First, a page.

york quay harbourfront toronto

Here's how Toronto transformed a boring parking lot into a busy destination

The Canada Square, Ontario Square, and Exhibition Common spaces are standouts in Toronto's Harbourfront area, but ten years ago, their footprints were home to little more than a surface parking lot that stood as a barrier between Queen's Quay and the waterfront.

Harbourfront Centre and Waterfront Toronto opened the trio of public spaces at York Quay in 2013, and a decade later, they stand as thriving additions to the city's bustling central waterfront.

york quay harbourfront toronto

Aerial view of Ontario Square. Photo via Waterfront Toronto.

But their creation didn't happen overnight. It was a lengthy process dating back to 2005, when Waterfront Toronto partnered with Harbourfront Centre to embark on a revitalization of the quay.

The first steps came in widening the promenade between the York and Simcoe Slips, followed by the removal of the surface parking lot and the buildout of the three public spaces now enjoyed by locals and tourists alike.

Construction included the creation of a 300-space multi-level underground parking garage that actually increased car capacity at Harbourfront, despite the loss of the surface lot. The garage, which opened in 2012 ahead of the new public spaces, came courtesy of a $25 million promise from the federal government.

In a recent blog post, Waterfront Toronto boasted of how the public spaces display the organization and its partners' commitment to "transform underused lands into vibrant public and cultural spaces for all Torontonians."

"Ten years after the revitalization, this place continues attracting people to the water's edge."

york quay harbourfront toronto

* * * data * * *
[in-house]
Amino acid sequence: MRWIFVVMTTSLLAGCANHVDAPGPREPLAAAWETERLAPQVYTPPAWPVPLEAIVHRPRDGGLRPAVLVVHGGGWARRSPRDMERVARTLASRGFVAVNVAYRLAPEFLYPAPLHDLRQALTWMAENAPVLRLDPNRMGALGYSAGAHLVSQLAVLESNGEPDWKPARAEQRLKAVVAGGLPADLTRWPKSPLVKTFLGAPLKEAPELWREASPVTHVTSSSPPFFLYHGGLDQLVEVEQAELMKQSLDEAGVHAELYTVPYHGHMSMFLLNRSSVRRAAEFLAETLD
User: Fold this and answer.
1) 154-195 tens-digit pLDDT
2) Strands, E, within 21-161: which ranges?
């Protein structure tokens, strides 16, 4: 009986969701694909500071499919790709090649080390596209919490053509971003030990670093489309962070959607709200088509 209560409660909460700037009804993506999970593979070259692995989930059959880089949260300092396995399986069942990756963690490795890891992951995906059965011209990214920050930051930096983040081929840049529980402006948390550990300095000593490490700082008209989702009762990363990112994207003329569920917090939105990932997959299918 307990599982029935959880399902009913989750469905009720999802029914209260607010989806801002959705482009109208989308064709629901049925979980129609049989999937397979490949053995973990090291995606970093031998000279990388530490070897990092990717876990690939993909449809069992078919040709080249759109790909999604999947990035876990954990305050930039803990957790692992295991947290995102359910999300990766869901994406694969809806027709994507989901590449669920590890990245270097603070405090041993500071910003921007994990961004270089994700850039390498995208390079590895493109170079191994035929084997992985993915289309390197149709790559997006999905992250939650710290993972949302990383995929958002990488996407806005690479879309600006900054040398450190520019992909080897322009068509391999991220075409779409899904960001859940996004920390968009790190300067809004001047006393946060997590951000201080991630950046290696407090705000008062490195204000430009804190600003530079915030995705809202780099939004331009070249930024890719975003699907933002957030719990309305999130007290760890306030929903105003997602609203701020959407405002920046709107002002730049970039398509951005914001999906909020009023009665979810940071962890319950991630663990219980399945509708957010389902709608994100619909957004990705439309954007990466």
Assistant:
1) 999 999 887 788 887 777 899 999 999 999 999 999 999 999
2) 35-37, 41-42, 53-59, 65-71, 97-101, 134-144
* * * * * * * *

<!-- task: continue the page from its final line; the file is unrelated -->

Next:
Transformation from parking lot to public space. Photo via Waterfront Toronto.

The transformation from parking lot to public plazas was overseen by New York-based landscape architects Michael Van Valkenburgh and Associates, known locally for their work on Corktown Common and other prominent public spaces.

The replacement of surface parking with public space has vastly improved pedestrian access to the waterfront in the area of York and Queen's Quay, as well as vehicle access to the Harbourfront Centre via underground parking and the informal pick-up and drop-off location at the west edge of Ontario Square.

Even a decade after revitalization, the public spaces continue to evolve through a variety of permanent installations as well as rotating art exhibits, festivals, and programming that give visitors reasons to keep coming back.

Since March 15, Harbourfront Centre has hosted Public Sweat by Art Spin, an event blending art and sauna culture at Ontario Square where visitors can enjoy five different saunas designed by artists. Public Sweat will be at Ontario Square through April 23.

Lead photo by

Jack Landau


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